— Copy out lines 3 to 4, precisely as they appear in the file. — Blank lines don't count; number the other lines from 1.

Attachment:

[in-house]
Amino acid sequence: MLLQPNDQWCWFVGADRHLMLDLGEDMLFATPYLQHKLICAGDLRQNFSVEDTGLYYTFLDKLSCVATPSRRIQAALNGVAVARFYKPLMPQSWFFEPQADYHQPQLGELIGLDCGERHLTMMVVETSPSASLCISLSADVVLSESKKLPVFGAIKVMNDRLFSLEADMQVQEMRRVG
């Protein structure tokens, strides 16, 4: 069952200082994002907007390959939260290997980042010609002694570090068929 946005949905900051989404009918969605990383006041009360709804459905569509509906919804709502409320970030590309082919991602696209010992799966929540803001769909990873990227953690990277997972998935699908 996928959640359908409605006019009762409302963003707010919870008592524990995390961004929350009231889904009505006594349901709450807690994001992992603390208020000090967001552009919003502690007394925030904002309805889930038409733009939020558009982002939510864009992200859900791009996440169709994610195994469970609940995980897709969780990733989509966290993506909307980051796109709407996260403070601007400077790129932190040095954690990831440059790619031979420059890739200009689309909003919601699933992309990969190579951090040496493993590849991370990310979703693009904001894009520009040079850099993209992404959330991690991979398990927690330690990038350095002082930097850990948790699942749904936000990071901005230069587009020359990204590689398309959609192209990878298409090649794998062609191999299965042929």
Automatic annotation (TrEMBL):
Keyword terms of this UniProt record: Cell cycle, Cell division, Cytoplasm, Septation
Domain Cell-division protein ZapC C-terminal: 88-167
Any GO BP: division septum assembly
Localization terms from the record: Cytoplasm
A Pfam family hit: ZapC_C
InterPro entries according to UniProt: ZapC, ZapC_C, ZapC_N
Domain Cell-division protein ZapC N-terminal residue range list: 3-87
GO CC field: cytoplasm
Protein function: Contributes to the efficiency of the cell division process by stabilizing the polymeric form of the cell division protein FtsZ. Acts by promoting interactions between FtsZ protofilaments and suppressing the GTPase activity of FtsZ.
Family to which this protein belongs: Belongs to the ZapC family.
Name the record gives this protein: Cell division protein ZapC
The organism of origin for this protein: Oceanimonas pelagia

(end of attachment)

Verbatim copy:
């Protein structure tokens, strides 16, 4: 069952200082994002907007390959939260290997980042010609002694570090068929 946005949905900051989404009918969605990383006041009360709804459905569509509906919804709502409320970030590309082919991602696209010992799966929540803001769909990873990227953690990277997972998935699908 996928959640359908409605006019009762409302963003707010919870008592524990995390961004929350009231889904009505006594349901709450807690994001992992603390208020000090967001552009919003502690007394925030904002309805889930038409733009939020558009982002939510864009992200859900791009996440169709994610195994469970609940995980897709969780990733989509966290993506909307980051796109709407996260403070601007400077790129932190040095954690990831440059790619031979420059890739200009689309909003919601699933992309990969190579951090040496493993590849991370990310979703693009904001894009520009040079850099993209992404959330991690991979398990927690330690990038350095002082930097850990948790699942749904936000990071901005230069587009020359990204590689398309959609192209990878298409090649794998062609191999299965042929």
Automatic annotation (TrEMBL):